Crunch Time for US Sailing Team Sperry

The US Sailing Team heads into their final month of pre-Rio training. Each athlete’s goals are the same, but their paths to the top diverge.
470 Olympic sailing training Rio
Annie Haeger and Briana Provancha train in Rio last year, at one of a handful of training sessions hosted by the US Sailing Team Sperry for their Olympic athletes. Will Ricketson/US Sailing Team Sperry

Louisa Chafee stares up a set of stadium stairs in Miami. Trainer Amner Pereira yells go, and Chafee starts running. She does a few sets of stairs, followed by kettle bell swings. Then it’s on to the next set, sled pulls and more running. And another set. And another. The end of this workout is really only a pause for Chafee — she has another workout session scheduled with Pereira tonight, focused on weight training, hips and above, all so that she can trim her Nacra 17 with more power and finesse.

“I’d rather be at home in Rhode Island when I’m not in Rio,” says Chafee. “But, Pereira is here and that’s the adjustment I need to make.” Chafee, the crew of the US Sailing Team Sperry’s Nacra 17 team, is Rio bound in just a month. With her boat handling and trimming where she and skipper Bora Gulari want it to be, the focus has shifted to Chafee’s physical strength and her ability to maintain weight and muscle while on the road.

Louisa Chafee Nacra 17 Sailing
The physicality of the Nacra 17 means long hours in the gym for crew Louisa Chafee. Jen Edney/US Sailing Team Sperry

She’s now in Miami for ten days between the U.S. team’s most recent training camp and the next. She’s scheduled for two-a-day workouts with Pereira, the co-founder of Miami-based gym The Workout Spot, and in between is eating, sleeping, and catching up on Netflix. “I was so exhausted when I got here, I slept for 14 hours the first night and still took two naps the next day,” says Chafee. “It has been really good to relax for a few days and not worry about sailing and focus on sleeping, eating, and myself.”


She’s able to relax now, but in Rio a week ago, she and Gulari had it dialed in. Chafee is confident that at their next, and final, session before the Games, they’ll continue their roll. “As tempting as it is to go out and just rip around the Bay, we go out each day with specific goals in mind,” she says. “This past camp, the focus was on different modes, and how to transition the boat from high mode to a lower mode. We had to repeat the process again, and again, to make those steps perfect.” Much like the paces she runs with Pereira, every moment of training is a step towards Olympic success.

Marion Lepert Windsurfing in Rio
Marion Lepert clocks some big-wave training on Guanabara Bay in June 2016. The light breeze coupled with big seas make for challenging windsurfing conditions that Lepert was excited to have the chance to train in. Courtesy Marion Lepert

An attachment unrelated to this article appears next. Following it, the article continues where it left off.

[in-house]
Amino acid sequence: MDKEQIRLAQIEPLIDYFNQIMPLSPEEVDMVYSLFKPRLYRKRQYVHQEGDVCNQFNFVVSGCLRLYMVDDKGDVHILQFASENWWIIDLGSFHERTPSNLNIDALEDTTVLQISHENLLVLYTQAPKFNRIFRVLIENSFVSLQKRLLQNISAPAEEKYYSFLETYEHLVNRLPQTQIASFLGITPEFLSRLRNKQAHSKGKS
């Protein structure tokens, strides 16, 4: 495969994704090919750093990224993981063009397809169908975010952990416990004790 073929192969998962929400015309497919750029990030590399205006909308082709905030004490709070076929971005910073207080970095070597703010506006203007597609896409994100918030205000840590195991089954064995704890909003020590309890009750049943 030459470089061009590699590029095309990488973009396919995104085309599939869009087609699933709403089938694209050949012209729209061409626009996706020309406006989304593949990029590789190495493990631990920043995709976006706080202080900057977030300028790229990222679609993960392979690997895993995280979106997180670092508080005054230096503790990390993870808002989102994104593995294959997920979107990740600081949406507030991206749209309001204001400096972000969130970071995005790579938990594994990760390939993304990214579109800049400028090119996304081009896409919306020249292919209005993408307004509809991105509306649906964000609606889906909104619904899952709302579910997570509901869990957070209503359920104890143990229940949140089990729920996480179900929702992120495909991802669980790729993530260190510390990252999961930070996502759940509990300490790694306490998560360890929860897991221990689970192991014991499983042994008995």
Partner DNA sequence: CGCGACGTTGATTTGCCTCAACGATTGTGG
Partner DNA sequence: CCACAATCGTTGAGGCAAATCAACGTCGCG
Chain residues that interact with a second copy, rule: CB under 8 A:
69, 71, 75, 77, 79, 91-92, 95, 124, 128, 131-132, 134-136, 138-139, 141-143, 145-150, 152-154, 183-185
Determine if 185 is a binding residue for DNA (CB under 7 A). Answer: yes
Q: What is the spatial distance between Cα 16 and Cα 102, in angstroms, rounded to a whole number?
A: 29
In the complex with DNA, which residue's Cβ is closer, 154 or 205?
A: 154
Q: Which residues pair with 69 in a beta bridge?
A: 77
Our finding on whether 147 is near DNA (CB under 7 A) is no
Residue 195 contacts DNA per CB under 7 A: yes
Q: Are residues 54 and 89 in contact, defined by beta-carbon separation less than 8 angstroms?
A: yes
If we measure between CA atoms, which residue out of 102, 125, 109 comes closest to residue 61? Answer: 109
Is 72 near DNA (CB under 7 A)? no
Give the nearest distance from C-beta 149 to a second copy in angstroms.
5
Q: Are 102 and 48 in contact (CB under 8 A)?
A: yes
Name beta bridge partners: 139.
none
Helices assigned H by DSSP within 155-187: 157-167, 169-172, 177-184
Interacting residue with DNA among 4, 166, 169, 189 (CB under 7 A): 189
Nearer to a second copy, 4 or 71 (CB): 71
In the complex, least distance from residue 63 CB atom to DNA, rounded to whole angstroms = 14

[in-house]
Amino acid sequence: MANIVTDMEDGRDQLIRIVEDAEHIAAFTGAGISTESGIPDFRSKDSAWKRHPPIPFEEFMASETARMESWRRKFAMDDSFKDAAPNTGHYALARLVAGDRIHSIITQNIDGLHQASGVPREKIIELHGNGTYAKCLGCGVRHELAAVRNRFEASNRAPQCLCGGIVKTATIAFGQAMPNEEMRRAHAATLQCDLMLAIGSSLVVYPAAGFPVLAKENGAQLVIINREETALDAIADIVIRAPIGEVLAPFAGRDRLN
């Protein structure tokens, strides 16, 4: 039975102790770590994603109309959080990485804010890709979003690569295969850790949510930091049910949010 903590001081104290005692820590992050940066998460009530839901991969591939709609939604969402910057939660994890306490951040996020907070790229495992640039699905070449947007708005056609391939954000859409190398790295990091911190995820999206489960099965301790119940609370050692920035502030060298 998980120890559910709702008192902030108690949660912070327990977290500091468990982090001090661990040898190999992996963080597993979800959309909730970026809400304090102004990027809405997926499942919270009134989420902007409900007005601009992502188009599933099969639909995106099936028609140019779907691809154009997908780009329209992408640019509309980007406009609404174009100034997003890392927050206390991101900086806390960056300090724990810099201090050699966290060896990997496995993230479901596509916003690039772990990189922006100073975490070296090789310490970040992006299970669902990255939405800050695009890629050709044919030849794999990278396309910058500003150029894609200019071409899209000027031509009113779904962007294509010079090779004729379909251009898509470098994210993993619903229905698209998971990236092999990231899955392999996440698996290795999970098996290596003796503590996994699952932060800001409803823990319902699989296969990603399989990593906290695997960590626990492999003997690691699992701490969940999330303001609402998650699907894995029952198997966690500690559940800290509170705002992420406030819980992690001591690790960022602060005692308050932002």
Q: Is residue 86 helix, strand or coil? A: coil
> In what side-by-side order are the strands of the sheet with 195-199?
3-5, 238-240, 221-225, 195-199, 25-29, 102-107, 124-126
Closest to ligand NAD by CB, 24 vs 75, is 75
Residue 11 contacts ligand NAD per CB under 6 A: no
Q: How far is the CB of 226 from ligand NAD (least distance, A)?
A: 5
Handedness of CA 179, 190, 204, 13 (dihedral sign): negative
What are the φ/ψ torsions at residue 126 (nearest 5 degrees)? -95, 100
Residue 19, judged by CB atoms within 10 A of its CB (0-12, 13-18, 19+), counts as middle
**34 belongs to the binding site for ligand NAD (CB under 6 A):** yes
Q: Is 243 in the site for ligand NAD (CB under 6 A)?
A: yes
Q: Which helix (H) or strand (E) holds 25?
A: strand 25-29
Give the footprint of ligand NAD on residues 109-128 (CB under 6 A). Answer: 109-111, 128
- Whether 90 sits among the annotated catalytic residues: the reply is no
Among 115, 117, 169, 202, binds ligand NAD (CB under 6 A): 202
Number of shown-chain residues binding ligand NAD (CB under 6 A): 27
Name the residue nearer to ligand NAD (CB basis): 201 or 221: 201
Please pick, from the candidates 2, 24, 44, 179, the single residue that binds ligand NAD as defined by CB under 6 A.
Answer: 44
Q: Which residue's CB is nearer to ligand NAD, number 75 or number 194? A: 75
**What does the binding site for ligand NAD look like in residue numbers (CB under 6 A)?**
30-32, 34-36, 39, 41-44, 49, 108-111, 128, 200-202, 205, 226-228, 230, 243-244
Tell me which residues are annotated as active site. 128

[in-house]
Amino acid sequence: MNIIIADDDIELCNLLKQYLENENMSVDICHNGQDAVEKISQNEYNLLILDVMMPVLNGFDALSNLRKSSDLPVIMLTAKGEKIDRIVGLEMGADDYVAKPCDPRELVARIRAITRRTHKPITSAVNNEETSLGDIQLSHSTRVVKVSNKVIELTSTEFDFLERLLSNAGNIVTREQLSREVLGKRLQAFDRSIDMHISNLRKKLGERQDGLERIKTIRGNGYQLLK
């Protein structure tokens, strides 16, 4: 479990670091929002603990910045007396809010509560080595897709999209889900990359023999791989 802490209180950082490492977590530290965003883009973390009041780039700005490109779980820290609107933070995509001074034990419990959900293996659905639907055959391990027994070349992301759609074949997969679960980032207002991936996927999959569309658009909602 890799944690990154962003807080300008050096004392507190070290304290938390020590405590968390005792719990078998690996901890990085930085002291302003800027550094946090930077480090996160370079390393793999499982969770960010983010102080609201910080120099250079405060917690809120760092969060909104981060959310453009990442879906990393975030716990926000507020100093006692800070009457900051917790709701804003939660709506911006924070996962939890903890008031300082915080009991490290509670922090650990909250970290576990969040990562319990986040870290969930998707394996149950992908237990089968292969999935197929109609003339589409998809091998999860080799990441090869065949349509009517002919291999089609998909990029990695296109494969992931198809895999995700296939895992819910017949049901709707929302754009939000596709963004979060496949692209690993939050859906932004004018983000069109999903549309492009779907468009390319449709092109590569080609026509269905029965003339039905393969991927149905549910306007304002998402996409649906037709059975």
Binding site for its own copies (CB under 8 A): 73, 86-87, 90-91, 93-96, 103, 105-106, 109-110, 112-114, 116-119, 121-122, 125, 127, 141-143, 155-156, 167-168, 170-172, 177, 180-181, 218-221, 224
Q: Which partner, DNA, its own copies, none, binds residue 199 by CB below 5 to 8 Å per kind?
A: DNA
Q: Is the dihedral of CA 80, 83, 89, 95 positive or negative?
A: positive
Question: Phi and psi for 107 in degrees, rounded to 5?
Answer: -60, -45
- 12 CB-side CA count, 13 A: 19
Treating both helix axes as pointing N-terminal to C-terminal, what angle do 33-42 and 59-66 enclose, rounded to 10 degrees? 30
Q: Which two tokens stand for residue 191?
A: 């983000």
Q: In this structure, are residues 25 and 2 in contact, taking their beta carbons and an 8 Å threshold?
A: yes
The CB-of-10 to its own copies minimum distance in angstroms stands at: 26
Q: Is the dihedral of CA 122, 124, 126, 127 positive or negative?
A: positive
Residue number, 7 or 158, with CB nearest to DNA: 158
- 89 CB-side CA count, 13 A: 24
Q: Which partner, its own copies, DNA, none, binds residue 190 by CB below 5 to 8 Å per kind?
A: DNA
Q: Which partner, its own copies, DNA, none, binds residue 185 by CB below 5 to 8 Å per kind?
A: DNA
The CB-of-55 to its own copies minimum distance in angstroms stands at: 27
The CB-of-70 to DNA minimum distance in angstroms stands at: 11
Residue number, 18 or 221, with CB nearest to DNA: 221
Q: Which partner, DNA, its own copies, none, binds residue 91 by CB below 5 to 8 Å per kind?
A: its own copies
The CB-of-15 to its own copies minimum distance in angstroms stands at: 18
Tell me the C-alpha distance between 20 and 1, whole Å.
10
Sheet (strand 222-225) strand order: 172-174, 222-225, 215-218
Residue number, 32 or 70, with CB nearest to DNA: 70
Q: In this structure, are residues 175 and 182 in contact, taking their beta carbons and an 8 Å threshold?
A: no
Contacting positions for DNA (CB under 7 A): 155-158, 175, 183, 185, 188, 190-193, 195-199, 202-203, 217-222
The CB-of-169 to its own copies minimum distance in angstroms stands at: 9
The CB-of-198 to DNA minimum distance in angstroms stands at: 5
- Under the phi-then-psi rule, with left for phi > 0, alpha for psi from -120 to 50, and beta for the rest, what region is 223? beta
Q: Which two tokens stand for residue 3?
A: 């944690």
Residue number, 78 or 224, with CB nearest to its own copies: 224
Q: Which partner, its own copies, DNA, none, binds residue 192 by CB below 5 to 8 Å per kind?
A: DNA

Marion Lepert, in the RS:X, was doing some repetition herself in Rio, learning to manage the unusual paradox of the one of the outside racecourses, Niteroi: light wind, big seas. “It becomes a balance game out there,” says Lepert. “You’re being raised 2-3 meters and lowered again, while making no progress through the water. I’ve had to adjust my technique so that I’m not always balancing just on the edge. I have to make conservative movements so that I don’t fall down or drop the sail.”

Lepert’s campaign began exactly a year ago, so her time in Rio has been limited. She’s been focused on learning the venue, as the conditions in her hometown of San Francisco offers plenty of solid practice days. “Unlike at home, inside the Bay it’s more of a light-air tactics game,” says Lepert, who spent much of her last Rio camp focused on the nuances of sailing in the wind shadow of Sugarloaf Mountain. “Sometimes, this creates a one-track playing field. Depending on time of day, wind direction, and strength effects how much I need to take [Sugarloaf] into account.”


For 470 girls Briana Provancha and Annie Haeger, the most recent training camp was the first time they were able to sail on their Olympic equipment. Provancha was pleased with the results. “We’re so fast right now,” she says definitively. “We’re putting all the pieces together and are excited to see the final product we deliver on August.”

Provancha and skipper Haeger put their new boat and sails to the test immediately in a coach’s regatta. All the teams who are in Rio together combine forces, the coaches alternate who is PRO and who is on the mark boats, and the sailors get a chance to face off in an Olympic simulation. “Everyone sailed this regatta very honestly,” says Provancha. “It’s great practice because we rotate through the courses the same way we will in the Olympics.”

There’s one more coach’s regatta to go after their next and final training camp. In the mean time, Provancha and Haeger are home in an effort to glean some downtime between interviews and training. “We’re excited to just hang out, relax, eat and really minimize the stress going into the rest of the next month,” says Provancha.


The entire American team returns for another camp the first week of July, followed by a break before their sendoff party from Houston, Texas on July 27th. Then, it’s off to the Games, with the opening ceremony on August 5th and the start of the Olympic Regatta on August 8th.